We welcome Joan Savoy and Andrew Duhon of the Lafayette Public Library Foundation. Joan is the current President of the Foundation and Andrew is a longtime volunteer on behalf of the public library, having also served twice as President on the Library Board of Control.
The Foundation is a nonprofit 501(c)(3) organization created in 1992 that supplements taxpayer funding of our libraries by encouraging private donations and endowments that provide books and services and fund special programs and projects. More than $200,000 has been raised over the years and monies have been dedicated to library improvements such as enhancing the entrance to the children’s wing in the Main Library, “wrapping” the bookmobile and purchasing books for the libraries.
Donors can create an endowment fund in the name of a family member, individual, or business organization with a minimum contribution of $100; once the endowment is fully funded at $1,000, one book will be donated annually in perpetuity in honor of the named endowment. The foundation’s largest fundraiser is the annual luncheon which highlights local authors and awards proponents of the library system. The theme of this year’s event was “The Future Is Local!” where Second Harvest Food Bank was honored with the Foundation Award and Andrew Duhon received the President’s Award.
Since 1992, the Lafayette Public Library Foundation has purchased over 10,000 books for our libraries through private donations. Through the endowment program, the foundation has established a continuous, long-term revenue stream for the purchase of new books and media for the library.
The Foundation is currently focused on educating the community on the many services offered by the public library system. With a 1.8 mill property tax renewal on the October 9, 2021 ballot, which raises approximately $4 million a year, Discover Lafayette is proud to share the many ways our public libraries sustain our quality of life. We also want to inform the public on the importance of adequate funding and acknowledge the many volunteers who work to maintain this community asset. We thank Joan and Andrew, along with their peers, for the selfless time they give to our library system.
The Lafayette Public Library System has nine locations to serve the citizens of Lafayette Parish. People of all ages and demographics utilize the library daily and enjoy its free Wi-Fi, meeting spaces, and of course, the ability to check out books and digital resources. Makerspaces and Tech Labs offer the use of 3D printers and classes in digital media, paper and textile arts, electronics, and fabrication. Adults can receive free assistance from library staff in crafting or updating their resumes.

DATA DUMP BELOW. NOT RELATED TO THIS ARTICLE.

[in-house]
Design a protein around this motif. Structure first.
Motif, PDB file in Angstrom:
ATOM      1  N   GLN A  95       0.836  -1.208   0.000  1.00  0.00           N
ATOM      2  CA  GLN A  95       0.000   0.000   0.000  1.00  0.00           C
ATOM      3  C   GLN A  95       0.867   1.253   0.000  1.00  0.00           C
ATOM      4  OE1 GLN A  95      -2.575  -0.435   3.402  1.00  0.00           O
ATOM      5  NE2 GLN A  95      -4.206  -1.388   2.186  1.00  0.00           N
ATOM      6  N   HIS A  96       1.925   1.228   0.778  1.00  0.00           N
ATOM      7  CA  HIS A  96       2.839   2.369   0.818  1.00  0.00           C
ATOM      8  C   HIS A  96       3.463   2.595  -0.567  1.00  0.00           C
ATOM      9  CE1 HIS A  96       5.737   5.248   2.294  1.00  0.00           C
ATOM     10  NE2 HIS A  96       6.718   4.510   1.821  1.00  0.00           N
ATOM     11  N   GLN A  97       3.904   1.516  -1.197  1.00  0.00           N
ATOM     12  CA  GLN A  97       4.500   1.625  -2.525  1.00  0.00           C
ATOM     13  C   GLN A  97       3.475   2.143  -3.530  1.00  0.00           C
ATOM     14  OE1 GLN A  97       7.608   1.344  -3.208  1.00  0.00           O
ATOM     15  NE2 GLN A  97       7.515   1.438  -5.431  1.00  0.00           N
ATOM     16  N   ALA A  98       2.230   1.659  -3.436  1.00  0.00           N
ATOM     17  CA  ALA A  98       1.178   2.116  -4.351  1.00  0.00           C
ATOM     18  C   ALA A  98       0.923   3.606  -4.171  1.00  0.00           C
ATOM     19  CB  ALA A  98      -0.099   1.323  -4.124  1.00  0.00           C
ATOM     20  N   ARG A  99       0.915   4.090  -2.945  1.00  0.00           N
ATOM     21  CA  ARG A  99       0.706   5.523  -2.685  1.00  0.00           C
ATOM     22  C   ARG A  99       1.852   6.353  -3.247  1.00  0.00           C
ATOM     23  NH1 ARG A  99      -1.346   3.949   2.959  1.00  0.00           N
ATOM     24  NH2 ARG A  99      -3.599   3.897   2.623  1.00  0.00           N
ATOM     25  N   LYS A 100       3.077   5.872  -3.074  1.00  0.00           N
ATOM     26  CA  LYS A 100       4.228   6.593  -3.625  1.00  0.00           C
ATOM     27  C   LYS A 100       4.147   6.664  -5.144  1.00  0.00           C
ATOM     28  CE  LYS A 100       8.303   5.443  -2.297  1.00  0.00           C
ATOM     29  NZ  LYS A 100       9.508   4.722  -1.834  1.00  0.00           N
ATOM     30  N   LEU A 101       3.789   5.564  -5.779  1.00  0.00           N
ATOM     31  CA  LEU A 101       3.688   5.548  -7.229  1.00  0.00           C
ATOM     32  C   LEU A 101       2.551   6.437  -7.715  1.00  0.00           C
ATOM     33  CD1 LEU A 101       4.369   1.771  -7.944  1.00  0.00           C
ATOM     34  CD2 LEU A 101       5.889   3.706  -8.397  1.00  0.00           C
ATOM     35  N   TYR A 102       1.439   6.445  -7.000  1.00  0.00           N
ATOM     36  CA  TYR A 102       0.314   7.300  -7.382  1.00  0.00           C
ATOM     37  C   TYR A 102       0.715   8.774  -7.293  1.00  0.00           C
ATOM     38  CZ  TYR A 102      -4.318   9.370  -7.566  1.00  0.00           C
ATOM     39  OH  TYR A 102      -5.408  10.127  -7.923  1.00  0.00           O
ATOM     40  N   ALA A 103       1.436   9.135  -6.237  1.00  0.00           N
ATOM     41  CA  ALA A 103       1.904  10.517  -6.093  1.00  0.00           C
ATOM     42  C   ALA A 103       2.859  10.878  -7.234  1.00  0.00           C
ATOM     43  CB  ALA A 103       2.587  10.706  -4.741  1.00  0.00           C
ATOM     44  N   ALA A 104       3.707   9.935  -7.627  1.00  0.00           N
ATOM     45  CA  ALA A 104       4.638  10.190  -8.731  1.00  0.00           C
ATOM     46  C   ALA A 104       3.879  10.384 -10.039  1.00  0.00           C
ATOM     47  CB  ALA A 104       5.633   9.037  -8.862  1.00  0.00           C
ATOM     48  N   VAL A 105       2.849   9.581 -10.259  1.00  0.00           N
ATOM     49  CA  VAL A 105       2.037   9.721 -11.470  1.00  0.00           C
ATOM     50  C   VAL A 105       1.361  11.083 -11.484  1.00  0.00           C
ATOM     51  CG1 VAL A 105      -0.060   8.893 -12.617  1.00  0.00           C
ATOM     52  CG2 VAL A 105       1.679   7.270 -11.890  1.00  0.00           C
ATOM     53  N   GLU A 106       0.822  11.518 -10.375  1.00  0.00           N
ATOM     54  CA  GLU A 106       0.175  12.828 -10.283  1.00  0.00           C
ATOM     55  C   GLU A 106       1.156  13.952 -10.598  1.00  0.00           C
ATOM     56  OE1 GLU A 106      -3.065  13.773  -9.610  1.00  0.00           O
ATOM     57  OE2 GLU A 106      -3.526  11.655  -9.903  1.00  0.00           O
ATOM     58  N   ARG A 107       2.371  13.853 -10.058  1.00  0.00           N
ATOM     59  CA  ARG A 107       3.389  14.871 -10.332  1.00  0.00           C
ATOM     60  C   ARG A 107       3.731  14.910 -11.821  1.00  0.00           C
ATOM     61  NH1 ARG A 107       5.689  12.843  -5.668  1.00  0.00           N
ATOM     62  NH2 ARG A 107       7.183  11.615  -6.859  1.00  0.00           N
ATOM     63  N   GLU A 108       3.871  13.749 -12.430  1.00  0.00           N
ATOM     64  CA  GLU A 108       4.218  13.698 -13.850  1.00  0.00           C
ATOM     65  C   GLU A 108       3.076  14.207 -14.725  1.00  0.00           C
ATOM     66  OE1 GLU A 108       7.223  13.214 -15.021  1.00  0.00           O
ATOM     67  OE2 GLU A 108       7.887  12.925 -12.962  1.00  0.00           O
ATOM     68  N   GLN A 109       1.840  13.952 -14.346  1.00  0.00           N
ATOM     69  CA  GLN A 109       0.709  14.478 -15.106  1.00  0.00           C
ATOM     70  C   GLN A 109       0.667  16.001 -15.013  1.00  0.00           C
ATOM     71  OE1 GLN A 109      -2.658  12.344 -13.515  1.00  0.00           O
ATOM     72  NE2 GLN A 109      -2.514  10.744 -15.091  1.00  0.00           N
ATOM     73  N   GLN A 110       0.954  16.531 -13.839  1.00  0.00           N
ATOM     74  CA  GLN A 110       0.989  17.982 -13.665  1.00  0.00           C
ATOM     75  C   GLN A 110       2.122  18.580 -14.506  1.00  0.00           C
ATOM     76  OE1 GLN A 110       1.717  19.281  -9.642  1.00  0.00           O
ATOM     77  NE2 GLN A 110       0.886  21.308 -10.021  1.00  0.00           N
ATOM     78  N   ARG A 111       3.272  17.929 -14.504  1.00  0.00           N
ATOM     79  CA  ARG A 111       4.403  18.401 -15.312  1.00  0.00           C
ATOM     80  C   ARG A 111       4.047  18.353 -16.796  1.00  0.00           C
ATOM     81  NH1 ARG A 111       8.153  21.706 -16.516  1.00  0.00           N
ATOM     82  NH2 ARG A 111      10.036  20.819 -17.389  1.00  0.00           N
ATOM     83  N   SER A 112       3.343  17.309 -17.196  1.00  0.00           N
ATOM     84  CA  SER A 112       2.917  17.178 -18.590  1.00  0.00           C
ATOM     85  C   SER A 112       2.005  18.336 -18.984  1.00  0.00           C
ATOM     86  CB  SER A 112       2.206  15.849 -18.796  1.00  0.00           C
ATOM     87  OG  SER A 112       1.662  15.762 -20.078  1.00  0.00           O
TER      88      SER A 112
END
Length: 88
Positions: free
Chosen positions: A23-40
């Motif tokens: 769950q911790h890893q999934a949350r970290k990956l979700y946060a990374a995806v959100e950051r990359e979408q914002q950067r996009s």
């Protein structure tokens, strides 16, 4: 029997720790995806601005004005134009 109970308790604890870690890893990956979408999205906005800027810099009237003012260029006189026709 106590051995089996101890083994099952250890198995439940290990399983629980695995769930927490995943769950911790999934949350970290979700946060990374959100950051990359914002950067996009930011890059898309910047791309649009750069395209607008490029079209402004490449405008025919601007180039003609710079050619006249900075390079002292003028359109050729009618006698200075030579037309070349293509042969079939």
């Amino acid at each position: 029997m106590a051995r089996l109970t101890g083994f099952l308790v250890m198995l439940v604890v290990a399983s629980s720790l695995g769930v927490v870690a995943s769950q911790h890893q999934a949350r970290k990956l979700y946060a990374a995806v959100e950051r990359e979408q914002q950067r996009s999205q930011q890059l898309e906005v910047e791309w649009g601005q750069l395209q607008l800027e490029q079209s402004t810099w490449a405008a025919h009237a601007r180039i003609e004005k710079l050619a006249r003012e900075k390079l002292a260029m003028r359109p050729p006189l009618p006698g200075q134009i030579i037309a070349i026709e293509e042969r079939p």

During 2018-2019, over 1 million people visited the Lafayette Public libraries, 13,338 library cards were issued, and over 2 million materials were checked out (including digital resources). During the COVID shutdown, people flocked to the libraries to use to take advantage of the free computers and Wi-Fi; the volume of materials checked out went up and the library responded to the crisis by offering a 23% increase in programming.
Of course, while the library offers ‘free’ services and resources to the public, its annual budget of $12 million must be met to sustain operations. Annual tax revenue is now approximately $11 million, resulting in a $1 million shortfall each year.
Just a few short years ago, the library’s reserve fund was flush with a balance of $40 million. Plans were underway to build a much-needed Northeast Lafayette Parish Regional Library with the intent to tie services into underperforming schools such as Northside High, JW Faulk, and NP Moss. Additions to public meeting space at regional libraries were in the works. The Board of Control had endeavored to be good stewards with the public funds, building four new regional libraries with a combination of cash and bond revenues while maintaining a healthy cash reserve for future expansions and improvements.
Then in the spring of 2018, a library tax renewal of 1.48 mils was defeated, resulting in a loss of $3 million per year in annual revenue. An additional $10 million of the reserve fund was redirected to drainage and the parks system. The gap between revenues and expenditures has continued to grow and the library’s reserve fund now stands at $7 million. If this downward trend continues, some hard choices in programming and the number of libraries that can remain open will have to be made.
Our library system is an investment in the quality of life for all of us at a minimum cost each year in taxes. The foundation has created a place online where citizens can calculate how much the October 9 tax renewal will cost them. Families with a home valued at $400,000 will pay only $59.80 per year for this renewal. Those who own a home valued at $75,000 with a homestead exemption will face no additional taxes. We encourage all who have the opportunity to vote on this important initiative to educate themselves and get the facts so they may make an informed decision on October 9, 2021, election day.
We would also like to thank the other community volunteers who endeavor to sustain our library system. The Lafayette Public Library Board of Control is the governing body for the Lafayette Public Library. The Library Board is comprised of residents of Lafayette Parish who are appointed by the Lafayette Parish Council and the Mayor-President to serve five-year terms of office. For over 30 years, the Friends of the Lafayette Public Library, a nonprofit, volunteer organization, has been supporting and promoting the Lafayette Public Library System, its programs, and its projects by providing monies for library equipment and funds for special library projects and performances. Most of the funds come from the Friend’s twice-annual book sales.